QnA with Mignon du Preez

November 24, 2014

South African women’s batsman Mignon du Preez opens up to www.wisdenindia.com about captaining the team, professionalism and the way women’s cricket is viewed in South Africa.

How did you to take up cricket in the first place?
I actually started playing by accident aged four. My brother was playing in a Mini Cricket tournament and my father was the coach of his Under-7 team. I had gone to support him at one of the matches. I always made sure I was dressed in a team T-shirt and shorts even when I went to cheer him. One of the guys hadn’t turned up and my dad asked me to fill his spot. And I was eventually awarded the ‘Best Batswoman of the Day’. I just fell in love with the sport.

You hit a double century as a 12-year-old. Talk us through that experience.
I scored 258, hitting 16 sixes and 28 fours in a provincial game. I was not supposed to play on that day. Because someone had pulled out, I was informed only the night before the game that I’d have to help out the Gauteng Northern Girls Under-13 team. That was a special day for me, probably the best in my career so far.

Would you say that you are an accidental cricketer who was destined to play the game? 
(Chuckles) Maybe. I believe I was given the talent from my Lord. I live by the saying that my talent is God’s gift to me and what I do with it is my gift back. I was given the talent by God and now I’m trying to use it to the best of my abilities.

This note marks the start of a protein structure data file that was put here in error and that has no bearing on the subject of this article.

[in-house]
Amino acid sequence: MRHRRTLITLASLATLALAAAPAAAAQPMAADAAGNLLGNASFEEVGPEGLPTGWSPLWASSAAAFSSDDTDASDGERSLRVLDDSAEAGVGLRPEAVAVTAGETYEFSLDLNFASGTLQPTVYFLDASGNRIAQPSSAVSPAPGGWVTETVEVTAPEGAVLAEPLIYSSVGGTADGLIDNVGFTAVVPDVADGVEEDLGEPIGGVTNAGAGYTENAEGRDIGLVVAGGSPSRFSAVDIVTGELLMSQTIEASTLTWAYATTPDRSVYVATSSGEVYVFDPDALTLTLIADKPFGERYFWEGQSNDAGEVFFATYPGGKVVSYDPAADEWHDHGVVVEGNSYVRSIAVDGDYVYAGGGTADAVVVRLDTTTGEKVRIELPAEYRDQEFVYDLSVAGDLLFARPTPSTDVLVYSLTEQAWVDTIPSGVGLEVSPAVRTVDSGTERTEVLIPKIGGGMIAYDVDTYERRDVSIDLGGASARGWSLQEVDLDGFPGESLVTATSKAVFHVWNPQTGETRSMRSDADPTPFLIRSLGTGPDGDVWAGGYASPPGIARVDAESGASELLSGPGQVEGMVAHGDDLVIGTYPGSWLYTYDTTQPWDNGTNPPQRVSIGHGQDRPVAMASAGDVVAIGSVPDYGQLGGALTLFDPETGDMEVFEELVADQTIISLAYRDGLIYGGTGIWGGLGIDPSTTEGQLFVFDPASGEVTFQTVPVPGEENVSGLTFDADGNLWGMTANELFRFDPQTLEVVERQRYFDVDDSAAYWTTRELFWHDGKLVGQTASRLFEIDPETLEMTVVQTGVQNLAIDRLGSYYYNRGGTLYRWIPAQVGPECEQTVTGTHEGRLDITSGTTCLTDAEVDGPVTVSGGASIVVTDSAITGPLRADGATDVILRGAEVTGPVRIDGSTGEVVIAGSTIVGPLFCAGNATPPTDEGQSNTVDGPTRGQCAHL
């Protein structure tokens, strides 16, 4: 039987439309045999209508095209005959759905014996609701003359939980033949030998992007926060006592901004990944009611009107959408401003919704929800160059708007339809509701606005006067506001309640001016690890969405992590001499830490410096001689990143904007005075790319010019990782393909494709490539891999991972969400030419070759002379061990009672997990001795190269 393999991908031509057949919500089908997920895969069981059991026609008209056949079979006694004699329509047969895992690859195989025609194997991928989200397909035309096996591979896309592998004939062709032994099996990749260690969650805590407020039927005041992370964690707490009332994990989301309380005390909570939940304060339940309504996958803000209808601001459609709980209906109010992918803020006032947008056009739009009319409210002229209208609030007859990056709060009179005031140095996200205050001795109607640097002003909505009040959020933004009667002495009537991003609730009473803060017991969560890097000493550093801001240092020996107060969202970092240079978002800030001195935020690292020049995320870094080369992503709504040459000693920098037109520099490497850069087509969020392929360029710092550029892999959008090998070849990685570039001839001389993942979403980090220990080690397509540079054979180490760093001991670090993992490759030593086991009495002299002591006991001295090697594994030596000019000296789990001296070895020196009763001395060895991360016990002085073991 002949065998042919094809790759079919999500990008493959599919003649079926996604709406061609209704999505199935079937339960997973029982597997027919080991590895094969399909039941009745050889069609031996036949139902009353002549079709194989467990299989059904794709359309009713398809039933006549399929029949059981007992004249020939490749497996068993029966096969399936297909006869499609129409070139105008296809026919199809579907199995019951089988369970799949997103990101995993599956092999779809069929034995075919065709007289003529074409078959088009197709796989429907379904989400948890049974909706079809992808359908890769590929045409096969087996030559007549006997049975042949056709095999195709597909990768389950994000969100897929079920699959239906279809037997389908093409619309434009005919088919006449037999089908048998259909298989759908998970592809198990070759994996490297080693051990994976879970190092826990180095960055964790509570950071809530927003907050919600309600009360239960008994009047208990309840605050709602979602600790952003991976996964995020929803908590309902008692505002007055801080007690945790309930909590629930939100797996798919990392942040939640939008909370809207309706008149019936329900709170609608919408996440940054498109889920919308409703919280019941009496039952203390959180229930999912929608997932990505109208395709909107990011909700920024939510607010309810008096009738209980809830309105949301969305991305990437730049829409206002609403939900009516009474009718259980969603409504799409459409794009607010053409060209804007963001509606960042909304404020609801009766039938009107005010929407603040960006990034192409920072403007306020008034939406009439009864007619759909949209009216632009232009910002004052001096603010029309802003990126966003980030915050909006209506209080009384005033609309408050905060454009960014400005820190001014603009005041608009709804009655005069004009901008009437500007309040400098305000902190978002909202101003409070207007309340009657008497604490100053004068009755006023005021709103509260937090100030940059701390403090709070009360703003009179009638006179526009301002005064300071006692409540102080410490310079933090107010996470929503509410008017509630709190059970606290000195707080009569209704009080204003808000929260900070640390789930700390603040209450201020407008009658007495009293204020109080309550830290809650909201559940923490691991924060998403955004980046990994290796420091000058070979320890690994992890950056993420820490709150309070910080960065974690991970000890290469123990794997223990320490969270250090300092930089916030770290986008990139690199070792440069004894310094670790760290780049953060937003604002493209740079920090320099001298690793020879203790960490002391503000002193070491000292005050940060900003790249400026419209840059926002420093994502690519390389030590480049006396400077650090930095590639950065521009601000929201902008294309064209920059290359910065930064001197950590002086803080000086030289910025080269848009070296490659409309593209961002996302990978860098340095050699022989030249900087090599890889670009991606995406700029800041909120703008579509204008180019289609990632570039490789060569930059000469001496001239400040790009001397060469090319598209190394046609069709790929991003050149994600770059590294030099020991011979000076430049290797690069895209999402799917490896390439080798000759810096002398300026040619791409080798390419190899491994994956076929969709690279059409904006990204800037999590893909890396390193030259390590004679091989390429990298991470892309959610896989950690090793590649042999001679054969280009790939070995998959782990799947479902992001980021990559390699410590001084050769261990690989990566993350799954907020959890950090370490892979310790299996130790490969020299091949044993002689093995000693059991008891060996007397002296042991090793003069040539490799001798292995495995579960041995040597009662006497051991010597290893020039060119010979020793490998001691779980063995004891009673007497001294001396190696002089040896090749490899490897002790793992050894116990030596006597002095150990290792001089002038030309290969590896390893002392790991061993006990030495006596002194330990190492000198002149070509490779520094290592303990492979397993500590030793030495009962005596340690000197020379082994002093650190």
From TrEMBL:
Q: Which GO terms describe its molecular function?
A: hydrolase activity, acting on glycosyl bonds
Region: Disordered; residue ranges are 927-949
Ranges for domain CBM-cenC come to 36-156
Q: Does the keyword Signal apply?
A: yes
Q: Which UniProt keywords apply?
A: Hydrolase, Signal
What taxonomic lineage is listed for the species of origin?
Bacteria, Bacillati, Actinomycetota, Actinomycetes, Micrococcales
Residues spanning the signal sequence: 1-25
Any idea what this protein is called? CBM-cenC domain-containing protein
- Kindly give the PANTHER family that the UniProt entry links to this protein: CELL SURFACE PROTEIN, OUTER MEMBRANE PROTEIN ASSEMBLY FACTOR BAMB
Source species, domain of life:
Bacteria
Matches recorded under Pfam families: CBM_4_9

Women’s cricket hasn’t yet taken off in SA. What challenges did you face when you started playing?
In South Africa, cricket is still a male dominated sport and there is still some kind of sexism involved. There is this misconception that you need to look like a guy or be a tomboy to play cricket. That is one of the biggest things we as a team have tried to change. We’ve shown that you can be a girly girl and still compete because it is all about skill. One of the other issues I faced was there was no awareness about women’s cricket at all. So now I’m trying to address that issue by creating awareness back home. These girls start playing at a young age, they are a part of Mini Cricket sides but once they reach high school, they tend to get into other sports like softball or hockey. People didn’t know that there is a national women’s cricket team. But now that we have a sponsor and Cricket South Africa is doing everything from their side, we get a lot more exposure back home.